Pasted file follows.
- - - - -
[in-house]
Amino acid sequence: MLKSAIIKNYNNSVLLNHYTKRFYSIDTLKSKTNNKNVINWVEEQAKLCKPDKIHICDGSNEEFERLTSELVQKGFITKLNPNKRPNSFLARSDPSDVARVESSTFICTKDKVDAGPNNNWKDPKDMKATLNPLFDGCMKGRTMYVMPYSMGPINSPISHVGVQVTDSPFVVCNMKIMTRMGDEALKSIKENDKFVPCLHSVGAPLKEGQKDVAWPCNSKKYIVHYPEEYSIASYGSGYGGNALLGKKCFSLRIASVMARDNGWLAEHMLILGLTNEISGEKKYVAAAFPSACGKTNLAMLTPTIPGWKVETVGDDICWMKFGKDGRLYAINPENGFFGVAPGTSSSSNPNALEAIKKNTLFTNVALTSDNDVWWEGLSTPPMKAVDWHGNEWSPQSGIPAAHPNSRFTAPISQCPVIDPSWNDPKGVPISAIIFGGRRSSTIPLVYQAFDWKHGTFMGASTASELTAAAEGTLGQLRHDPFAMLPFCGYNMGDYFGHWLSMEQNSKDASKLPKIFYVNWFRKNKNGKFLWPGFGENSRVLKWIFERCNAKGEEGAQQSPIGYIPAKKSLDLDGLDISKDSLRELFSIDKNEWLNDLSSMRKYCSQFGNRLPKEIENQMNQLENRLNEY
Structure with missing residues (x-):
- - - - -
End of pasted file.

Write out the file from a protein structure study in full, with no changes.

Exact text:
[in-house]
Amino acid sequence: MLKSAIIKNYNNSVLLNHYTKRFYSIDTLKSKTNNKNVINWVEEQAKLCKPDKIHICDGSNEEFERLTSELVQKGFITKLNPNKRPNSFLARSDPSDVARVESSTFICTKDKVDAGPNNNWKDPKDMKATLNPLFDGCMKGRTMYVMPYSMGPINSPISHVGVQVTDSPFVVCNMKIMTRMGDEALKSIKENDKFVPCLHSVGAPLKEGQKDVAWPCNSKKYIVHYPEEYSIASYGSGYGGNALLGKKCFSLRIASVMARDNGWLAEHMLILGLTNEISGEKKYVAAAFPSACGKTNLAMLTPTIPGWKVETVGDDICWMKFGKDGRLYAINPENGFFGVAPGTSSSSNPNALEAIKKNTLFTNVALTSDNDVWWEGLSTPPMKAVDWHGNEWSPQSGIPAAHPNSRFTAPISQCPVIDPSWNDPKGVPISAIIFGGRRSSTIPLVYQAFDWKHGTFMGASTASELTAAAEGTLGQLRHDPFAMLPFCGYNMGDYFGHWLSMEQNSKDASKLPKIFYVNWFRKNKNGKFLWPGFGENSRVLKWIFERCNAKGEEGAQQSPIGYIPAKKSLDLDGLDISKDSLRELFSIDKNEWLNDLSSMRKYCSQFGNRLPKEIENQMNQLENRLNEY
Structure with missing residues (x-):